In April 2023, Dr Adebukola Adebayo, Chairman of the state’s JONAPWD, urged the state governor to establish a panel to investigate LASODA’s financial activities and projects. In the news article published on BONews, Adebayo explained the reasons behind his demand, stating, “[An] independent audit of the agency and its managers will expose fraud and corruption in the execution of projects and non-compliance with the Lagos State Procurement law.”
To give LASODA a right of reply in seeking clarification on how the agency disbursed the state government funds to achieve the diverse objectives of the LSSPL, I reached out for clarification.
Dairo did not respond to my inquiries and requests. On October 24, 2023, I submitted a written request at the LASODA office in Alausa, Lagos State, in accordance with the guidelines of Nigeria’s Freedom of Information Act. However, neither Dairo nor a representative of LASODA provided a response.
It is important to note that while Dairo was the General Manager of LASODA at the time of producing this report, he has since been replaced. Adenike Oyetunde-Lawal assumed the office on December 19, 2023.
Tobiloba Ajayi, a lawyer living with cerebral palsy who played a role in developing the LSSPL, expressed her frustration. “The law covers everything. It was beautifully written. We put in all the work to get the law passed, and yet, here we are,” she said.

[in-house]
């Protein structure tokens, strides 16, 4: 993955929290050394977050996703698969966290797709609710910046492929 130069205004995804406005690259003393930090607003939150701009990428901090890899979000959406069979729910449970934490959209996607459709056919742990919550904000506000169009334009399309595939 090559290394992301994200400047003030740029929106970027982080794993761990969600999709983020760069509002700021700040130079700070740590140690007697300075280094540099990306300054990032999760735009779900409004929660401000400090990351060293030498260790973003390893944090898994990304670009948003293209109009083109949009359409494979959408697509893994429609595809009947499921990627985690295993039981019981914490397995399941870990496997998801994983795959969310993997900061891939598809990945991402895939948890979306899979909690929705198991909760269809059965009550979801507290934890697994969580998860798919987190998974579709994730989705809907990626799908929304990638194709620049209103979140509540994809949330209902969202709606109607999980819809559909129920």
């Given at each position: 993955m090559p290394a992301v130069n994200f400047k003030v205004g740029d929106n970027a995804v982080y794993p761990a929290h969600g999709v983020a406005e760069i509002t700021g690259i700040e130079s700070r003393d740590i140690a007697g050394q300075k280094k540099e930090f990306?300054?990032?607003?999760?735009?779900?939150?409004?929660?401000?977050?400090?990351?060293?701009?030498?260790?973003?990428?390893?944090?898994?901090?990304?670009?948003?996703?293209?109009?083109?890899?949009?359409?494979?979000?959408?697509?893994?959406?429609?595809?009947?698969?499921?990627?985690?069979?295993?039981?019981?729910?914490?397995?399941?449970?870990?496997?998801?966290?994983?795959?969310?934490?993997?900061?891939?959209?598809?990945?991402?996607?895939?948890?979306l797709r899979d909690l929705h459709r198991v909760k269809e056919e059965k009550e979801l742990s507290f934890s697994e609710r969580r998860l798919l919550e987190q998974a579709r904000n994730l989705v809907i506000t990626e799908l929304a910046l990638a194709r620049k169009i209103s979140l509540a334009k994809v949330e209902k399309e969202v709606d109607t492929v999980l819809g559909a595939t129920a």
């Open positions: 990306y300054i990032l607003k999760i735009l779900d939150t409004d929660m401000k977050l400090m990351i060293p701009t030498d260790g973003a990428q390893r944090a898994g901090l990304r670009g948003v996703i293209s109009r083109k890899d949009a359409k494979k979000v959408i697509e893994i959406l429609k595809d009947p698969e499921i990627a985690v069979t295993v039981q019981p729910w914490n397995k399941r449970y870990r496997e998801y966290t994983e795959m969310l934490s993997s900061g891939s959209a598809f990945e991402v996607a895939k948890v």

“It has been 13 years, and implementation has continued to be lacking,” she stated.
Ajayi criticised the government’s patronising attitude towards PWDs as the main reason behind the slow implementation of the law.
“As long as the people who are supposed to implement these laws still think they are doing people living with disabilities [PwDs] a favour, we will achieve nothing,” she concluded.
*Some names have been changed to protect their identities.
*Chikaodili Ugochukwu lost her teenage son some months after this interview was conducted.
*Exchange rates used were based on the time of report
This story was produced with the support of the Women Radio Centre and the MacArthur Foundation.